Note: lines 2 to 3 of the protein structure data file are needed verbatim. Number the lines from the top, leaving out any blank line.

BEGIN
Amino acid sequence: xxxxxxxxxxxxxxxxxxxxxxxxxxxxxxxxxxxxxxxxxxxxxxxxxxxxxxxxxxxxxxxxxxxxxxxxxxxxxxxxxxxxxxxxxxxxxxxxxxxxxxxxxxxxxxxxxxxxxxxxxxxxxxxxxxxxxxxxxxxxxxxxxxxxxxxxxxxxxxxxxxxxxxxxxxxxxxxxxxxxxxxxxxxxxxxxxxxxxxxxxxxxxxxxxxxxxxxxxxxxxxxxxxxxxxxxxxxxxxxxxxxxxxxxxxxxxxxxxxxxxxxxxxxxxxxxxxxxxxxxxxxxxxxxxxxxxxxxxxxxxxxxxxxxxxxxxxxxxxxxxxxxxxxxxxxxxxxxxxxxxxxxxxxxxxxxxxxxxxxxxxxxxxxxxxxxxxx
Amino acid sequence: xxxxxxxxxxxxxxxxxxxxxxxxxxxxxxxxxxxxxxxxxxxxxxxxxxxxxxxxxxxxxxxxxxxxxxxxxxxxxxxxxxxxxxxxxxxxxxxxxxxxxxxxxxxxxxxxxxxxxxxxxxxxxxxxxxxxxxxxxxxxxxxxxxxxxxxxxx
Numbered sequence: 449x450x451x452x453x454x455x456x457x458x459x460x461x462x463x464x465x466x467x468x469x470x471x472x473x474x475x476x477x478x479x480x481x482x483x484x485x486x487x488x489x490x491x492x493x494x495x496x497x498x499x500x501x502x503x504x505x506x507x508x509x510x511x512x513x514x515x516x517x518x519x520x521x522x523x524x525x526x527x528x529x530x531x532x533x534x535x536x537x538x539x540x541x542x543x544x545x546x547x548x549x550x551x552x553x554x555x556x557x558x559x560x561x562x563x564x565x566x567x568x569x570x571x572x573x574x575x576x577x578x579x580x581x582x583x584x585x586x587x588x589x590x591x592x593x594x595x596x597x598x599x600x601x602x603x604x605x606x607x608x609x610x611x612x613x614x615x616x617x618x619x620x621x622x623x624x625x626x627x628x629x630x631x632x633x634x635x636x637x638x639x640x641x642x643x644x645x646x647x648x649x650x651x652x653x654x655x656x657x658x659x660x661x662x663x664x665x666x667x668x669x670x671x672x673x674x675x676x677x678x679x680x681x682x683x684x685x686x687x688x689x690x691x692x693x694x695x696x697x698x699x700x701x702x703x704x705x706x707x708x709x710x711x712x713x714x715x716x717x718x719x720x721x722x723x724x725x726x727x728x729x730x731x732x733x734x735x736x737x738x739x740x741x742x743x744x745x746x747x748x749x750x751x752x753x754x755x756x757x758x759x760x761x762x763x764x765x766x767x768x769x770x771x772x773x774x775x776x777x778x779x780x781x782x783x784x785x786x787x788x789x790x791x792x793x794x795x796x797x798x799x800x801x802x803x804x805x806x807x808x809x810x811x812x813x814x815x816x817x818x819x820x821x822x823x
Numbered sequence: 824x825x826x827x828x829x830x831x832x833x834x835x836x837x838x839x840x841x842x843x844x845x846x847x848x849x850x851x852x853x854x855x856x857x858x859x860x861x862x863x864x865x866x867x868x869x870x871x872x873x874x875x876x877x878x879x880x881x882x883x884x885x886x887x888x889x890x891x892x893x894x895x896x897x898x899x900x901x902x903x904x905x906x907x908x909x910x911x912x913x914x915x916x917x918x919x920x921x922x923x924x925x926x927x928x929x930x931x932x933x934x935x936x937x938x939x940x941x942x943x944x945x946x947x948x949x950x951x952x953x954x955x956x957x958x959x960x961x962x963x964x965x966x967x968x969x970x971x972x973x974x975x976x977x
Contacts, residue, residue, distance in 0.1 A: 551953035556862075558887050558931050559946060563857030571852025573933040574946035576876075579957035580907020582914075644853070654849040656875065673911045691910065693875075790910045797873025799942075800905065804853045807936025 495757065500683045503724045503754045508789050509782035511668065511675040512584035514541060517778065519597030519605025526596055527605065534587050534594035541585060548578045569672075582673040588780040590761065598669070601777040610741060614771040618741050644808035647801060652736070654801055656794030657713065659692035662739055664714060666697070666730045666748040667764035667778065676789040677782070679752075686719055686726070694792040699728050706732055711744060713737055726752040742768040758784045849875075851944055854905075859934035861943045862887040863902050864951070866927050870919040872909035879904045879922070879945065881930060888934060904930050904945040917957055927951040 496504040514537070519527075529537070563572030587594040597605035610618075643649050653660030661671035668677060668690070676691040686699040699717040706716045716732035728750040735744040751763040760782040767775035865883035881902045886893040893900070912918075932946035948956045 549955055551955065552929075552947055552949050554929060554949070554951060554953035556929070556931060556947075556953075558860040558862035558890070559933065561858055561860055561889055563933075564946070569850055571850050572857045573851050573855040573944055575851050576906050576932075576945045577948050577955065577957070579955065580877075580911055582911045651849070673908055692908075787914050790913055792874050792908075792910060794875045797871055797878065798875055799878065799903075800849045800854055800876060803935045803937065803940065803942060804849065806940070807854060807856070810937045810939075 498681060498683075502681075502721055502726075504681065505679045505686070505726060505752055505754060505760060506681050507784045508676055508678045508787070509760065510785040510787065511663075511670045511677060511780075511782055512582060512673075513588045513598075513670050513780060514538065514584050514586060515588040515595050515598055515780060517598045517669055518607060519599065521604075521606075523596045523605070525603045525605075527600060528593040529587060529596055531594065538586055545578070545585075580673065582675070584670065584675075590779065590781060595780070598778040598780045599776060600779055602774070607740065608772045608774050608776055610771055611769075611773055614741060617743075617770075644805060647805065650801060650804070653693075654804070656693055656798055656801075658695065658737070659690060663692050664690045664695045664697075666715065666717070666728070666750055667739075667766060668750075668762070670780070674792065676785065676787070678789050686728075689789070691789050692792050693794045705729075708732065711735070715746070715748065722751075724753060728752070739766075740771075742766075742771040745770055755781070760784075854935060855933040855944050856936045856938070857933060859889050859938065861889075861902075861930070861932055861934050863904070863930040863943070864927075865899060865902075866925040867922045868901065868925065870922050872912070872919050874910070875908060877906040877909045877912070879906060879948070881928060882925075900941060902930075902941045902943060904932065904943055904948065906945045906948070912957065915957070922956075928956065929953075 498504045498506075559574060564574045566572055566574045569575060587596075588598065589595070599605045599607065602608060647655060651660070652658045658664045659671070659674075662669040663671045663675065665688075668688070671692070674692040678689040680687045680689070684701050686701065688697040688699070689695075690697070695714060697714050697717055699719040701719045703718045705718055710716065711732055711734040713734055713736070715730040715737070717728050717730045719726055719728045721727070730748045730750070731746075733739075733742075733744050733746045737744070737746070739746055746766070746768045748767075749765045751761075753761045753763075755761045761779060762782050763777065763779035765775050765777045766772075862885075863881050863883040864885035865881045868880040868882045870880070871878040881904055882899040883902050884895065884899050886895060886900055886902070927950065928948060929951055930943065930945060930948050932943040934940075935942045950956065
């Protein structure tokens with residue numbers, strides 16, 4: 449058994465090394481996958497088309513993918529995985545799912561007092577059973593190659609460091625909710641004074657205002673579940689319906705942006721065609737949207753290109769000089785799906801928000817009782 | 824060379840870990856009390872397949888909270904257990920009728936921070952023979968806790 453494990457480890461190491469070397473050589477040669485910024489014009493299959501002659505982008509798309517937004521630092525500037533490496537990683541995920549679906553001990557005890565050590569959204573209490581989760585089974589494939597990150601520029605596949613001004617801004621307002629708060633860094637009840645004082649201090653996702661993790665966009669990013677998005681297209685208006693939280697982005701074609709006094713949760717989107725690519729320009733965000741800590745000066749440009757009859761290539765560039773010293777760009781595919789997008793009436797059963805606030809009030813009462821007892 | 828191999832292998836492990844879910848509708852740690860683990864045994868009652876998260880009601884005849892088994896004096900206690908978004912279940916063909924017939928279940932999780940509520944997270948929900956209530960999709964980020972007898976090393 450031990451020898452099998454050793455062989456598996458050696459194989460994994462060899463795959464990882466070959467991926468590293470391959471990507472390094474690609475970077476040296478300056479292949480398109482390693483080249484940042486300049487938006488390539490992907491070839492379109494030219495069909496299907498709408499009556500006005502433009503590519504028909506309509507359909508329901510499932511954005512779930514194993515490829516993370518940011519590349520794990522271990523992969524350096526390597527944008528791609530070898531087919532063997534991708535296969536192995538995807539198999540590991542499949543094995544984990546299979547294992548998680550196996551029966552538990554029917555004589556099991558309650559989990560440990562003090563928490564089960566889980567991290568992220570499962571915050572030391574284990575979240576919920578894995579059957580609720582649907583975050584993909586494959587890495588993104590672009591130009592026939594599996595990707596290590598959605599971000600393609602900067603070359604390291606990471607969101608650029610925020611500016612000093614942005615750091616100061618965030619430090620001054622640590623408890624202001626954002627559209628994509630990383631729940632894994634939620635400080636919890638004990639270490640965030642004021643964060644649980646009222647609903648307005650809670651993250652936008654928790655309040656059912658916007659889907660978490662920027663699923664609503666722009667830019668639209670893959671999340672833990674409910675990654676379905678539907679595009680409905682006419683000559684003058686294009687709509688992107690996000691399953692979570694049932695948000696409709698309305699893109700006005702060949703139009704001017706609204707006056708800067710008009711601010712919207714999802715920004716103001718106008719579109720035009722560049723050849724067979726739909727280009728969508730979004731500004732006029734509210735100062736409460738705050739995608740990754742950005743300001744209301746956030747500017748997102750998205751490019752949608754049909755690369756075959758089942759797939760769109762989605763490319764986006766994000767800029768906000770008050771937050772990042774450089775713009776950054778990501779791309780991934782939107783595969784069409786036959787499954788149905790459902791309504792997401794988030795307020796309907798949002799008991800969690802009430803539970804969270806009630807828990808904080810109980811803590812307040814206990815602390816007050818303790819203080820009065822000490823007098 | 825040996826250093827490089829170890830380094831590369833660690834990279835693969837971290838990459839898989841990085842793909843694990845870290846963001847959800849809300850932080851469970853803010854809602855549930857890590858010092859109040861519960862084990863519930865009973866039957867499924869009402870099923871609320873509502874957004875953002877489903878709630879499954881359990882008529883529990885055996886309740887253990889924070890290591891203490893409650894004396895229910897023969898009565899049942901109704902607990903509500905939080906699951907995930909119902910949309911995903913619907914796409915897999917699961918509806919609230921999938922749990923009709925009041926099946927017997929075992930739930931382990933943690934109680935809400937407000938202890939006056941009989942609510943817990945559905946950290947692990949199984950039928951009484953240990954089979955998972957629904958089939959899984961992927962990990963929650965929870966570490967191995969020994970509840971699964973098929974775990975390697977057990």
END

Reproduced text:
Amino acid sequence: xxxxxxxxxxxxxxxxxxxxxxxxxxxxxxxxxxxxxxxxxxxxxxxxxxxxxxxxxxxxxxxxxxxxxxxxxxxxxxxxxxxxxxxxxxxxxxxxxxxxxxxxxxxxxxxxxxxxxxxxxxxxxxxxxxxxxxxxxxxxxxxxxxxxxxxxxx
Numbered sequence: 449x450x451x452x453x454x455x456x457x458x459x460x461x462x463x464x465x466x467x468x469x470x471x472x473x474x475x476x477x478x479x480x481x482x483x484x485x486x487x488x489x490x491x492x493x494x495x496x497x498x499x500x501x502x503x504x505x506x507x508x509x510x511x512x513x514x515x516x517x518x519x520x521x522x523x524x525x526x527x528x529x530x531x532x533x534x535x536x537x538x539x540x541x542x543x544x545x546x547x548x549x550x551x552x553x554x555x556x557x558x559x560x561x562x563x564x565x566x567x568x569x570x571x572x573x574x575x576x577x578x579x580x581x582x583x584x585x586x587x588x589x590x591x592x593x594x595x596x597x598x599x600x601x602x603x604x605x606x607x608x609x610x611x612x613x614x615x616x617x618x619x620x621x622x623x624x625x626x627x628x629x630x631x632x633x634x635x636x637x638x639x640x641x642x643x644x645x646x647x648x649x650x651x652x653x654x655x656x657x658x659x660x661x662x663x664x665x666x667x668x669x670x671x672x673x674x675x676x677x678x679x680x681x682x683x684x685x686x687x688x689x690x691x692x693x694x695x696x697x698x699x700x701x702x703x704x705x706x707x708x709x710x711x712x713x714x715x716x717x718x719x720x721x722x723x724x725x726x727x728x729x730x731x732x733x734x735x736x737x738x739x740x741x742x743x744x745x746x747x748x749x750x751x752x753x754x755x756x757x758x759x760x761x762x763x764x765x766x767x768x769x770x771x772x773x774x775x776x777x778x779x780x781x782x783x784x785x786x787x788x789x790x791x792x793x794x795x796x797x798x799x800x801x802x803x804x805x806x807x808x809x810x811x812x813x814x815x816x817x818x819x820x821x822x823x